Evrysdi demonstrated a favourable efficacy and safety profile, with the safety profile established across the FIREFISH and SUNFISH trials. The most common adverse events were upper respiratory tract infection, pneumonia, nasopharyngitis, pyrexia, constipation, rhinitis, diarrhoea, headache, cough and vomiting. There were no treatment-related safety findings leading to withdrawal from either study.
Evrysdi is designed to treat SMA by increasing and sustaining the production of the survival motor neuron (SMN) protein. SMN protein is found throughout the body and is critical for maintaining healthy motor neurons and movement.
More than 2,500 patients have now been treated with Evrysdi in clinical trials, compassionate use and real world settings, with patients ranging from birth to over 70 years of age and including those previously treated with other SMA-targeting therapies. Roche leads the clinical development of Evrysdi as part of a collaboration with the SMA Foundation and PTC Therapeutics.
Roche is actively engaged with reimbursement and assessment bodies in European countries to enable broad and rapid access to patients in need. Reimbursement dossiers are being submitted in many countries in advance of an expected European Commission decision to minimise any delay in patient access.
*Children’s Hospital of Philadelphia Infant Test of Neuromuscular Disorders
About Evrysdi™ (risdiplam)
Evrysdi is a survival motor neuron 2 (SMN2) splicing modifier designed to treat SMA caused by mutations in chromosome 5q that lead to SMN protein deficiency. Evrysdi is administered daily at home in liquid form by mouth or by feeding tube.
Evrysdi has been approved in seven countries (US, Chile, Brazil, Ukraine, South Korea, Georgia and Russia) and submitted in a further 30 countries.
Evrysdi is currently being evaluated in four multicentre trials in people with SMA:
- FIREFISH (NCT02913482) – an open-label, two-part pivotal clinical trial in infants with Type 1 SMA. Part 1 was a dose-escalation study in 21 infants with the primary objective of assessing the safety profile of risdiplam in infants and determining the dose for Part 2. Part 2 is a pivotal, single-arm study of risdiplam in 41 infants with Type 1 SMA treated for 2 years, followed by an open-label extension. Enrolment for Part 2 was completed in November 2018. The primary objective of Part 2 was to assess efficacy as measured by the proportion of infants sitting without support after 12 months of treatment, as assessed by the Gross Motor Scale of the Bayley Scales of Infant and Toddler Development – Third Edition (BSID-III) (defined as sitting without support for 5 seconds). The study met its primary endpoint.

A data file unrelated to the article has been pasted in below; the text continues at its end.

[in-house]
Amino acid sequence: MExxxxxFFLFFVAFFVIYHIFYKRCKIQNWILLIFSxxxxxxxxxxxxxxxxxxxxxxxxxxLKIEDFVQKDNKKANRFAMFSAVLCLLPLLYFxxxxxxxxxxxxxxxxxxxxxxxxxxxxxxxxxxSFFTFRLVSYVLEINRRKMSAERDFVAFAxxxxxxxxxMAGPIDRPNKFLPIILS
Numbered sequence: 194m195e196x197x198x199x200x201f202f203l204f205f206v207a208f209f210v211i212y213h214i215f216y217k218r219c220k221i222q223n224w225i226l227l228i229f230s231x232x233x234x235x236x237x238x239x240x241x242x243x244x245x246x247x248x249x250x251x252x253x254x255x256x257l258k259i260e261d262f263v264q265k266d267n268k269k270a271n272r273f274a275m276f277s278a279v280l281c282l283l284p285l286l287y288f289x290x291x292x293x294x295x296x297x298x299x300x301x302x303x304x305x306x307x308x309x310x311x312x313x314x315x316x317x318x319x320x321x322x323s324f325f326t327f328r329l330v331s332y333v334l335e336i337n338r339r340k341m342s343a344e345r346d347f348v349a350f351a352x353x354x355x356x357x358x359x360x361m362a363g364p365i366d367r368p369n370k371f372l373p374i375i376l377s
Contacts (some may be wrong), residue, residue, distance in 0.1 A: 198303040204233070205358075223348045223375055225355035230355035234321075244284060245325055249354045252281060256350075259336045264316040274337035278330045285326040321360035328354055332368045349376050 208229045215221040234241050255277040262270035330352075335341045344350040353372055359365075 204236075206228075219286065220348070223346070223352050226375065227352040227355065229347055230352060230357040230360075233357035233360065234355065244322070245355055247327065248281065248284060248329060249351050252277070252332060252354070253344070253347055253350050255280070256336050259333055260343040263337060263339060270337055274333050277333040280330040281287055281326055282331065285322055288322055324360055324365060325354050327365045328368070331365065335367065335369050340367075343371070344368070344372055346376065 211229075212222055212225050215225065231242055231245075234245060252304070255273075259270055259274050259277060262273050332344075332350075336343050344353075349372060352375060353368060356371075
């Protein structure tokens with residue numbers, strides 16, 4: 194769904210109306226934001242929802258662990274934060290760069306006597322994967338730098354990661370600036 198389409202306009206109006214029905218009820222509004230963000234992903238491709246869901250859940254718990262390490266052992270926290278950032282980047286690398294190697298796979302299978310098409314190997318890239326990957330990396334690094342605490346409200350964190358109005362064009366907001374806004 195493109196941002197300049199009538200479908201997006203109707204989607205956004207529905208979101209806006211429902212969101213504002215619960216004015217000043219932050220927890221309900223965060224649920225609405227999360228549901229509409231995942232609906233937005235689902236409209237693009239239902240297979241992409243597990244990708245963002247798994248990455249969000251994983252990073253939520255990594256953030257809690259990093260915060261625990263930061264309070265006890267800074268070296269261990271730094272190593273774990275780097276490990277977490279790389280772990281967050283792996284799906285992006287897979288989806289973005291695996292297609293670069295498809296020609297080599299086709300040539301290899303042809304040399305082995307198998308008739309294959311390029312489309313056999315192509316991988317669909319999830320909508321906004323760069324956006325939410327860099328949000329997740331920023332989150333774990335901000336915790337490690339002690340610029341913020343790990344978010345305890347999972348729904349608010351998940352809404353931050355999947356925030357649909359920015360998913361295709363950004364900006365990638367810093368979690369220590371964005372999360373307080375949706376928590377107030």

- SUNFISH (NCT02908685) – SUNFISH is a two part, double-blind, placebo controlled pivotal study in people aged 2-25 years with Types 2 or 3 SMA. Part 1 (n=51) determined the dose for the confirmatory Part 2. Part 2 (n=180) evaluated motor function using the total score of Motor Function Measure 32 (MFM-32) at 12 months. MFM-32 is a validated scale used to evaluate fine and gross motor function in people with neurological disorders, including SMA. The study met its primary endpoint.
- JEWELFISH (NCT03032172) – an open-label exploratory trial designed to assess the safety, tolerability, pharmacokinetics and pharmacodynamics in people with SMA aged 6 months to 60 years who received other investigational or approved SMA therapies for at least 90 days prior to receiving Evrysdi. The study has completed recruitment (n=174).
- RAINBOWFISH (NCT03779334) – an open-label, single-arm, multicentre study, investigating the efficacy, safety, pharmacokinetics and pharmacodynamics of risdiplam in babies (~n=25), from birth to six weeks of age (at first dose) with genetically diagnosed SMA who are not yet presenting with symptoms. The study is currently recruiting.
SMA is a severe, progressive neuromuscular disease that can be fatal. It affects approximately one in 10,000 babies and is the leading genetic cause of infant mortality. SMA is caused by a mutation of the survival motor neuron 1 (SMN1) gene, which leads to a deficiency of SMN protein. This protein is found throughout the body and is essential to the function of nerves that control muscles and movement. Without it, nerve cells cannot function correctly, leading to muscle weakness over time. Depending on the type of SMA, an individual’s physical strength and their ability to walk, eat or breathe can be significantly diminished or lost.